It seems like the cost of everything related to air travel is going up. And while price increases for fuel are expected, other, less common aspects of flying are getting more expensive as well. Let’s take a look at four things, other than oil, making the cost of flying soar.
The price of in-flight meals and snacks will likely increase in 2014 as the price of food continues to rise. While some food prices have kept pace with inflation, others like fresh fruit and nuts continue to skyrocket with no light at the end of the runway.
The Department of Agriculture reports that the price of fresh fruit increased 5% in March compared to the same time last year. This price hike was primarily driven by the 7.4% increase in citrus fruit prices caused by extreme weather in California and Florida in 2013. Passengers seeking citrus will likely see the price of their fruit parfaits and side fruit salads offered in flight and at airports raised to account for these growing costs.
However, passengers may not even have the option to pay for limes as some airlines have grounded the fruit all together. Floods and unrest in Mexico, where most of the limes in America are grown, has resulted in shortages. Combined with the ongoing drought in California, in-flight drinks will need to depend on lemons for the foreseeable future.
The price of nuts found in in-flight snacks is also taking a beating with low crop yields and high demand. Airlines will likely continue to replace these ingredients with cheaper alternatives like pretzels rather than pass the cost onto passengers.
Vegetables however, have seen prices drop 4.6% since last year so perhaps crudité and hummus will land on a tray table soon.
The first quarter of 2014 was filled with weather-related flight delays and cancellations, costing customers time and money, and costing airlines much needed revenue. According to USA Today, JetBlue lost $50 million in revenue due to cancelled flights and United Airlines reported a Q1 loss as a result of their 35,000 flight cancellations. While the industry’s tight control over costs allowed most airlines to see profits despite increased flight cancellations, passengers may ultimately pay more as airlines raise fares to account for the expected lost revenue resulting from weather related flight cancellations. Travel insurance may also become more expensive as weather continues to become more erratic and extreme in the future.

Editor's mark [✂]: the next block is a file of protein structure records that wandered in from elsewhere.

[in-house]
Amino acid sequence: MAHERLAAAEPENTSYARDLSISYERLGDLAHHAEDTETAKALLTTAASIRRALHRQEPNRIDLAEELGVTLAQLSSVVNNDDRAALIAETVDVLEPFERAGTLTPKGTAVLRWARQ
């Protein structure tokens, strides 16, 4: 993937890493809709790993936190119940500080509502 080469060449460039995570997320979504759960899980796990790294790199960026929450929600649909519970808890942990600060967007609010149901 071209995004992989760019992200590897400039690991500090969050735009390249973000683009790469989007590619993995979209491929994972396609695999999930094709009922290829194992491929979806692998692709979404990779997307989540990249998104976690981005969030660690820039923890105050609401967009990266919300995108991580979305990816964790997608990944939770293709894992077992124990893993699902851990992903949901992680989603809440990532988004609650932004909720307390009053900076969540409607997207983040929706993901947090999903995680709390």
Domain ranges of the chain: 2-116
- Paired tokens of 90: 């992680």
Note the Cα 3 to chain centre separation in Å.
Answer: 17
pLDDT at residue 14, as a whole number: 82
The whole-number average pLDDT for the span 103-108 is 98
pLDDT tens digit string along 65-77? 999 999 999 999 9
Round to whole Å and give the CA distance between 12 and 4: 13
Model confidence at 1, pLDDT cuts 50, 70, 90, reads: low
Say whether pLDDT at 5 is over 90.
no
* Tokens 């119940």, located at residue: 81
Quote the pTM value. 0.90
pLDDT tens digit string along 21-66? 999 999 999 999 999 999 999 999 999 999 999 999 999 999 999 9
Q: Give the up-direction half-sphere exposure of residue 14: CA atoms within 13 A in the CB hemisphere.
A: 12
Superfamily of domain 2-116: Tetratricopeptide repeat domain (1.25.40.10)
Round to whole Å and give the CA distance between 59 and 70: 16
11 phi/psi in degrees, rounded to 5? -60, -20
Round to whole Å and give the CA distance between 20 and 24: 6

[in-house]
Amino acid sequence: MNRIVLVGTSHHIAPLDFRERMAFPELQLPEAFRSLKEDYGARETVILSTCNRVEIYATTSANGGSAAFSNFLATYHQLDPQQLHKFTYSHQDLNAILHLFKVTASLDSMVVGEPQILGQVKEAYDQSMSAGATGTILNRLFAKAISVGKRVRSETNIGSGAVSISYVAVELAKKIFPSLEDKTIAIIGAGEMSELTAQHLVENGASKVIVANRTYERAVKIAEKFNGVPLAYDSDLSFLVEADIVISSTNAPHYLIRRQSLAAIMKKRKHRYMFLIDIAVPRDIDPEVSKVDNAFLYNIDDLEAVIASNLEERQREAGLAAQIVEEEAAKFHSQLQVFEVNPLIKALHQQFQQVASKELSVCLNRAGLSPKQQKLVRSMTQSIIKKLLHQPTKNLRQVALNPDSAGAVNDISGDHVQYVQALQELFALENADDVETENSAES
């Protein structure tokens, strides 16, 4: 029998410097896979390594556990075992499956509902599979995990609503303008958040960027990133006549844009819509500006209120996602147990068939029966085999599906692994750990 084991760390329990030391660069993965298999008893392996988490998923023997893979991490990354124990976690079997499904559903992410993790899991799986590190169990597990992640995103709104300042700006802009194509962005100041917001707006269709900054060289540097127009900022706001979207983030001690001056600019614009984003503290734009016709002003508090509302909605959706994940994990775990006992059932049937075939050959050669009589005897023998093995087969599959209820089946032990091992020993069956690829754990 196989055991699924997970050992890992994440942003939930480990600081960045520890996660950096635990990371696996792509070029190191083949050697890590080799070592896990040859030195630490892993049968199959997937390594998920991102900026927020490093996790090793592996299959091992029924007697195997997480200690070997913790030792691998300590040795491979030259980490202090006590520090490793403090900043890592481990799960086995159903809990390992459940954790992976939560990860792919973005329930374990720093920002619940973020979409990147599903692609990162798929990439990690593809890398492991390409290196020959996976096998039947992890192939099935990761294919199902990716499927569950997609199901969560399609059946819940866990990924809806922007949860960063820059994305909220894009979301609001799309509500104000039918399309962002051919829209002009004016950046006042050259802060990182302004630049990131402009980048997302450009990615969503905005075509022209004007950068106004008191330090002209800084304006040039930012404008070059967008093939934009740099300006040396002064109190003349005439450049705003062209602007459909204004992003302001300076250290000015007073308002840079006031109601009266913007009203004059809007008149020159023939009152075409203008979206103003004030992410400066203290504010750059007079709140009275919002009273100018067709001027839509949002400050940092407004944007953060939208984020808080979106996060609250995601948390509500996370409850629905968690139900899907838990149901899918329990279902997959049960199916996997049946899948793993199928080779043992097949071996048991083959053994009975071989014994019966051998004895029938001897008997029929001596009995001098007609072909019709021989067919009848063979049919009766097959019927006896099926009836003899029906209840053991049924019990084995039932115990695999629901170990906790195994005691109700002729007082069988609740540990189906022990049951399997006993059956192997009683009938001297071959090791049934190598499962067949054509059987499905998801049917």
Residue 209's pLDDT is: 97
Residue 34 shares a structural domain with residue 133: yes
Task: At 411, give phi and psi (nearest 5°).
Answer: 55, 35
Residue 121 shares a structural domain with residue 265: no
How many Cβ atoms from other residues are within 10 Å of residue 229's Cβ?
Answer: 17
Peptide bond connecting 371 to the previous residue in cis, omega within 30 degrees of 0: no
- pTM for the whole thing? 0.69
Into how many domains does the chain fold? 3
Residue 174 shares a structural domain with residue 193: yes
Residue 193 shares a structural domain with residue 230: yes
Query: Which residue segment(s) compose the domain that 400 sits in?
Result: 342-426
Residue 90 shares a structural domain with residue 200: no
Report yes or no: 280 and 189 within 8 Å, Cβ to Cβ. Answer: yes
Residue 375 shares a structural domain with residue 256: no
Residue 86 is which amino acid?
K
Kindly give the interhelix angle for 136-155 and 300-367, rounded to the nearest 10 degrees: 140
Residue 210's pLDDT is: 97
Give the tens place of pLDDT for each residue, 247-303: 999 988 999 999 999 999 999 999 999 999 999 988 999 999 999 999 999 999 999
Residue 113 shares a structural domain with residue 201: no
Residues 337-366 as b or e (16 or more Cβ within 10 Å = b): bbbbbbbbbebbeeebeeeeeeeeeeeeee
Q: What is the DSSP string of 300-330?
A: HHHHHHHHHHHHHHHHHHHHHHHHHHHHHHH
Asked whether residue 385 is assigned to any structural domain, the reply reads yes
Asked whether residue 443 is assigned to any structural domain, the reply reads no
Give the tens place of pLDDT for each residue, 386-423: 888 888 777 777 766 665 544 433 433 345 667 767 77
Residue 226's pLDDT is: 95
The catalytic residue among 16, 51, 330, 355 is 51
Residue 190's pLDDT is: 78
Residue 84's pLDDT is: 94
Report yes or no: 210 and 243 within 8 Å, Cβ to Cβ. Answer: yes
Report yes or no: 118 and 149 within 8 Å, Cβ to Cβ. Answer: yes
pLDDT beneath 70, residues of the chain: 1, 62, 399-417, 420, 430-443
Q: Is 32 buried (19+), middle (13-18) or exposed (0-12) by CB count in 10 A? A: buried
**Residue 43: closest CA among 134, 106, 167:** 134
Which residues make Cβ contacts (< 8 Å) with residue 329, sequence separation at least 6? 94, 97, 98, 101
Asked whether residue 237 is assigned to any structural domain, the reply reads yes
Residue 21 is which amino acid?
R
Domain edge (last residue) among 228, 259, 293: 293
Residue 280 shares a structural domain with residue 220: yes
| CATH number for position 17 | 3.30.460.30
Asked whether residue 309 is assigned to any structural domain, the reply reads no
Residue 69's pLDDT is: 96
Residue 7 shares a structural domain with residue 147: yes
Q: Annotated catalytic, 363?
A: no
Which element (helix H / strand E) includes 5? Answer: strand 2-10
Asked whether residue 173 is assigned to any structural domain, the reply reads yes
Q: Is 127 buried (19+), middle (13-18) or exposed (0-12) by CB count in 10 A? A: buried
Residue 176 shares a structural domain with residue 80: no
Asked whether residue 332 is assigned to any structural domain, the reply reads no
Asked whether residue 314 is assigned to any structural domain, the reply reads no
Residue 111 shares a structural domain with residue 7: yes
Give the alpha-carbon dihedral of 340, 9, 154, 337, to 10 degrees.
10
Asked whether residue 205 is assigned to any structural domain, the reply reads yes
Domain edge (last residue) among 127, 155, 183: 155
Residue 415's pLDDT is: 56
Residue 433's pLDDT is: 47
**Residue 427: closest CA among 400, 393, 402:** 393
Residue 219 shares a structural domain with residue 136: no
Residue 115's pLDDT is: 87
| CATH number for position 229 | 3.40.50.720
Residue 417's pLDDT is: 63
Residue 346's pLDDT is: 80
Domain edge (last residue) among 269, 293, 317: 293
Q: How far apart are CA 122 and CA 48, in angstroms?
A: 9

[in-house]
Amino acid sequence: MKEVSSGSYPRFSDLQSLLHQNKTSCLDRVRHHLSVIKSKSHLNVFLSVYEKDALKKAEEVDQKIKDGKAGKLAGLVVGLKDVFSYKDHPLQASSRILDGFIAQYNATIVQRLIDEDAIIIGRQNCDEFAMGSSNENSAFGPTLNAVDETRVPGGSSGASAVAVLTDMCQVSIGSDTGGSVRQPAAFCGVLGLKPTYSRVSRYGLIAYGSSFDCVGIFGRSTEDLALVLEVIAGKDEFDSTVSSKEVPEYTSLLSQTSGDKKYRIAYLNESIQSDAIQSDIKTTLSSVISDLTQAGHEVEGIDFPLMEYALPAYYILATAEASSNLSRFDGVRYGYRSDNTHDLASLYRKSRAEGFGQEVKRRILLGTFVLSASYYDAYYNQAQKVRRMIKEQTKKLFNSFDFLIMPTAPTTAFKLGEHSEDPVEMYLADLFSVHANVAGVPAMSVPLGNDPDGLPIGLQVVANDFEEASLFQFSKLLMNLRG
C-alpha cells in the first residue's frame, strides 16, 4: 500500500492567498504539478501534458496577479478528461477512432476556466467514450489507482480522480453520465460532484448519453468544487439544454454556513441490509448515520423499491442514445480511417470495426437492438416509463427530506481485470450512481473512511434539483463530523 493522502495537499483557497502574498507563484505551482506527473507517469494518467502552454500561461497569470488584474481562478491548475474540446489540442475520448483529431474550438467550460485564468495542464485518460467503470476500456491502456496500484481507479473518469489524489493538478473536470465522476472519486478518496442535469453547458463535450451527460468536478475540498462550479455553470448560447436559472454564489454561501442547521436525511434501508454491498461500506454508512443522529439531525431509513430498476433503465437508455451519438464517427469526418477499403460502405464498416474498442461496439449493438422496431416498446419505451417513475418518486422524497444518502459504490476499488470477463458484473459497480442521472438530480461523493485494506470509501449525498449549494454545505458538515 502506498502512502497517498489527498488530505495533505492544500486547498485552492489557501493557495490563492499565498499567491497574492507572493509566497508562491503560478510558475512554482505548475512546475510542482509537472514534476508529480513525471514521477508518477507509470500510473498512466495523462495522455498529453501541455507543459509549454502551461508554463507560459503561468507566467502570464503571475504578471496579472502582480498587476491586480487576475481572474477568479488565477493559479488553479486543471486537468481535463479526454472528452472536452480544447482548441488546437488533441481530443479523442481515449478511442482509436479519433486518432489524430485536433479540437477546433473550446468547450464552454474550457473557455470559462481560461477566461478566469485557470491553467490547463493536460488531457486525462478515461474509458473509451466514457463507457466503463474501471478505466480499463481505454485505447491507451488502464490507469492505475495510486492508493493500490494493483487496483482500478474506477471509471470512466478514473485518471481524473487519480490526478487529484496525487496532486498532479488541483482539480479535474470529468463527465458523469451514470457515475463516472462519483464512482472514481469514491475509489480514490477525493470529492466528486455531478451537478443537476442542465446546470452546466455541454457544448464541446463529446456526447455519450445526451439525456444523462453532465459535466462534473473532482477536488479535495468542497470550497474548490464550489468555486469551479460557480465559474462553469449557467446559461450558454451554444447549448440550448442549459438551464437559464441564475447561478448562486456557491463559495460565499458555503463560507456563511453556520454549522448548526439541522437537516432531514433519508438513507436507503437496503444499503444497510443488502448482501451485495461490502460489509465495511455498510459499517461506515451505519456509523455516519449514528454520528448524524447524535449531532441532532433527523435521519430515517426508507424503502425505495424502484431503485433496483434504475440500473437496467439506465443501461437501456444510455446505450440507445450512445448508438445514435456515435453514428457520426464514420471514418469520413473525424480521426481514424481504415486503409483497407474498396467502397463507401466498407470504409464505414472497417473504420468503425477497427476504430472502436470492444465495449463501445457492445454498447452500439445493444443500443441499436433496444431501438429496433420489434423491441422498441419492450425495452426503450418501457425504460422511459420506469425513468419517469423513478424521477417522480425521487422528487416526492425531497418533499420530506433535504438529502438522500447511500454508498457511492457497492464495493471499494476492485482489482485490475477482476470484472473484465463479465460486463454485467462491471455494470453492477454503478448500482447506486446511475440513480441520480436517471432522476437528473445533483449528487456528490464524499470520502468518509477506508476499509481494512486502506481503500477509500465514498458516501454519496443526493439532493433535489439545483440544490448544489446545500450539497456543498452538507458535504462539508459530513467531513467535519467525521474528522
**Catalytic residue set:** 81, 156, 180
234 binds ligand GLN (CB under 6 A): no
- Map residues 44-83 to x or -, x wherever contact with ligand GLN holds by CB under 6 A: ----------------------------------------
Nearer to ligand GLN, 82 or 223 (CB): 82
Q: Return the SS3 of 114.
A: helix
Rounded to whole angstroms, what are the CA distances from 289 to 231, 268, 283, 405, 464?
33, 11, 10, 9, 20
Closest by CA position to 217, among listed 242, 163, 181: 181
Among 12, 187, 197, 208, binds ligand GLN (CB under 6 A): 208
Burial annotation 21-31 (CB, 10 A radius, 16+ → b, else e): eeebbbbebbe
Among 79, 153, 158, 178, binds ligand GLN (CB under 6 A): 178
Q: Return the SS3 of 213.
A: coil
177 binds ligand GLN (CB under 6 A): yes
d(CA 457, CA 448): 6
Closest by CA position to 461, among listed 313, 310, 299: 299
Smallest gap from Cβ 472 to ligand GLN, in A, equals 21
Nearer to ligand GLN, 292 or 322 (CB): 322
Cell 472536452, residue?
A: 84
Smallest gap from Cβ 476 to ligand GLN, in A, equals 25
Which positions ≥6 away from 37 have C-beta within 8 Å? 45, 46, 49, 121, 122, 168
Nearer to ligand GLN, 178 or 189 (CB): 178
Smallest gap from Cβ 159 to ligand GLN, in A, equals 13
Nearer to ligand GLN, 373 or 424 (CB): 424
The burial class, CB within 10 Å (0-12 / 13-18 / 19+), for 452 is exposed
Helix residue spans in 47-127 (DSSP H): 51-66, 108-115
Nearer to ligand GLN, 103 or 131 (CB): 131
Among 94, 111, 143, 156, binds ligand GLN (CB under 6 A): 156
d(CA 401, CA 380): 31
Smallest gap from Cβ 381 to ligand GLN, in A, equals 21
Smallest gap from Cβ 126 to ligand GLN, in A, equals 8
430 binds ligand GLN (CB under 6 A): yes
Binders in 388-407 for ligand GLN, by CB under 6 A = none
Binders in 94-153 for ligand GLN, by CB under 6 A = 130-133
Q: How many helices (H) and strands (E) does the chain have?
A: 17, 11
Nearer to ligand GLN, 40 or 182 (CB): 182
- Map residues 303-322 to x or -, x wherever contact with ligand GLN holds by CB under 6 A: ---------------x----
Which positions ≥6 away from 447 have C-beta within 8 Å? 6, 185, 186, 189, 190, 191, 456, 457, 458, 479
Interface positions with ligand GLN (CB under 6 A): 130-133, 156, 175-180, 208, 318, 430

The Bipartisan Budget Act of 2013 may have ended the sequester, but the Paul-Ryan-Patty-Murray deal, as it is also known, doubled TSA passenger security tax. “In FY 2013, U.S. airlines and passengers paid $2.3 billion in federal taxes and fees to TSA,” wrote Airlines for America spokesperson, Jean Medina in an email to Fox News, “a 100% increase from the amount collected in 2002.” While industry experts doubt the additional $5.60 for a round trip flight will impact purchasing decisions, it’s another way airline passengers are paying more to travel today.
Fallout from Malaysian Flight 370
As the search for the missing Malaysian Flight continues, many expect governments and airlines to step up their security screenings and safety measures to prevent another lengthy search in the future. The costs are unclear, as are which, if any, will be passed onto the customer.
As prices continuing to rise, airline passengers don’t necessarily have to pay more. Frontier Airlines recently announced a la carte pricing where customers will “only pay for the services [they] will use, rather than including them in the price of [the] fare," explained Frontier CEO David Siegel. Options like these may become more prevalent as customers look for ways to keep their costs from taking to the skies.